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This additional document must be regarded and used as a base line when ever a vehicle is diagnosed with these symptoms:
- Hard starting
- Rough running at most temperatures especially when cold
- Cooler than normal engine temperatures
- Misfire faults
- Emissions related component damage
- Lack of performance
- Injector pulse width wider than normal
The technician may encounter the misfire faults without finding any defective components, or find other emissions component damage.
Be aware of Ethanol content greater than 10%. If the shop does encounter a greater value, proper diagnosis is not possible. This issue must be addressed if suspect and your Province or State offers Ethanol as an additive to blend into fuels. The provided document should be used as a guide and become a policy because of the quality of the fuels sold today. BMW offers this simple tool with instructions on its use.
The other way to obtain a similar device is through a pharmacy or similar business that offers these plastic syringes. Look for the 12 ml size. The syringe is reusable and the integrity of the rubber can be maintained if it is cleaned with NO SOLVENTS!
What is Ethanol and what are the effects?
Ethanol is a liquid alcohol made of oxygen, hydrogen and carbon and is obtained from the fermentation of sugar or converted starch contained in grains and other agricultural or agri-forest feedstocks. In Canada and the US, ethanol is presently made principally from corn and wheat.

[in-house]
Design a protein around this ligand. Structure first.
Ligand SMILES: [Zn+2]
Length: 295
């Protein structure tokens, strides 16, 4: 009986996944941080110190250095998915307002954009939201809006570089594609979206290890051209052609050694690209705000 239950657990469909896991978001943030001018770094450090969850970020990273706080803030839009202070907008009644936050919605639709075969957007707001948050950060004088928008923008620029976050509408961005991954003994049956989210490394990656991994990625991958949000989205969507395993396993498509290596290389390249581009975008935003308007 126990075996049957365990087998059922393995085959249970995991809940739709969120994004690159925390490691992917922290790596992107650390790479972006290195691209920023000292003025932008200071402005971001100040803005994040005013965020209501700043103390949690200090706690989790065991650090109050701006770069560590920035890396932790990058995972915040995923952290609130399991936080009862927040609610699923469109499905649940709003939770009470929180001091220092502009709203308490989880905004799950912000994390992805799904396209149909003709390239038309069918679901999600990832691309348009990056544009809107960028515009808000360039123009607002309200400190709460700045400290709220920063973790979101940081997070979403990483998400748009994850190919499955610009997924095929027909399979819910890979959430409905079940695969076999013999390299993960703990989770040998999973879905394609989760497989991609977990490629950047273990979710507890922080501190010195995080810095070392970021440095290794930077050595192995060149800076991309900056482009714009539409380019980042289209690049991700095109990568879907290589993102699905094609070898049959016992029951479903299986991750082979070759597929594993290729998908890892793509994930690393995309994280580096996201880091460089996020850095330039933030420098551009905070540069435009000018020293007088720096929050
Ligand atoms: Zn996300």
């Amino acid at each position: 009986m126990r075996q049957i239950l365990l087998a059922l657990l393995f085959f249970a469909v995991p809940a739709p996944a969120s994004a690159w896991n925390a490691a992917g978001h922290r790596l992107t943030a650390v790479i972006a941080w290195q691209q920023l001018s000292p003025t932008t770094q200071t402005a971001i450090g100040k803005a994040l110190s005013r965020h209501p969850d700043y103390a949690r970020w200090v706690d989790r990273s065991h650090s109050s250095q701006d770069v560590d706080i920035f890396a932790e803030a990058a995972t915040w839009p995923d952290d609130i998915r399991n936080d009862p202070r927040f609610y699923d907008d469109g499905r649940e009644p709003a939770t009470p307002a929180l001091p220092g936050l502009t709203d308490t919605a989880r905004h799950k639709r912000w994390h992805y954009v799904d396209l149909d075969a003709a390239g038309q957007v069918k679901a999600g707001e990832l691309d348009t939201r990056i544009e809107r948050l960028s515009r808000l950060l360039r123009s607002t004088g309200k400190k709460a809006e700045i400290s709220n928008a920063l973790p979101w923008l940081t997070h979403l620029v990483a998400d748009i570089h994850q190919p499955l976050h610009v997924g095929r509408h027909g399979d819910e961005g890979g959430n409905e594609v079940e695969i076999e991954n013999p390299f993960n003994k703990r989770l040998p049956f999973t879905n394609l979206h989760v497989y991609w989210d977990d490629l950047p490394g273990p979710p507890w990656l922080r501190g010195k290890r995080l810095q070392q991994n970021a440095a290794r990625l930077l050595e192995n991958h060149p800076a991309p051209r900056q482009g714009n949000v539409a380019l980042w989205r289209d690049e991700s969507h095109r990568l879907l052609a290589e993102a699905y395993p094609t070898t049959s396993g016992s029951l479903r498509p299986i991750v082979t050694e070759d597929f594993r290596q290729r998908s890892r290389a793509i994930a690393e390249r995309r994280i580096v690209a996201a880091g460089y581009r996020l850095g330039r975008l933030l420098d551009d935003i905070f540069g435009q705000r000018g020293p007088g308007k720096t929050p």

Ethanol is combined with gasoline, and a primary function is to reduce engine knock. In combustion, ethanol provides less energy than gasoline, resulting in reduced fuel economy. When ethanol burns inside the engine, it tends to form a weaker mixture that may cause misfire, rough idle and cold start issues in your vehicle. In addition, engine components may deteriorate overtime when in contact with ethanol.
Pure ethanol is tasteless and odorless. Pure or highly concentrated ethanol may bring about permanent damage to living tissue on contact. It also cools unbroken skin because of its rapid evaporation. Ethanol is also a known depressant and is considered to be a drug. Death from ethyl alcohol poisoning is possible when the blood alcohol level reaches at least 0.4%. The use of ethanol is prohibited if the person is also barbiturates, benzodiazepines, narcotics, or phenothiazines. Ethanol is not a known carcinogen, but can aggravate existing cancer conditions.
Use common sense when applying this test.
Use protective products, be well ventilated and do not test near any open flames. Make sure that a class B fire extinguisher is accessible.
Prepare a clean container
Draw 150 ml of fuel and add it to the clean container
Draw approximately 6 ml of water into the syringe
Invert the syringe and “push” the water out until there is 3 ml remaining
Draw fuel with the water to the 12 ml mark
Cap the syringe and shake it vigorously (relieve any pressure buildup)
Allow the syringe to “stand” upright for one minute
Notice the separation. If there is alcohol present, it will separate from the fuel and be dissolved into the water. Notice the boundary of the two liquids. Use the provided table to find the current percentage of ethanol in the fuel.
Ethanol is also known as EtOH, using the common organic chemistry notation of representing the ethyl group (C2H5) with Et.
A standard EFI gasoline engine can typically only tolerate up to 10% ethanol and 90% gasoline. Higher ethanol ratios require either larger-volume fuel injectors or an increase in fuel rail pressure to deliver the greater liquid volume needed to equal the energy content of pure gasoline.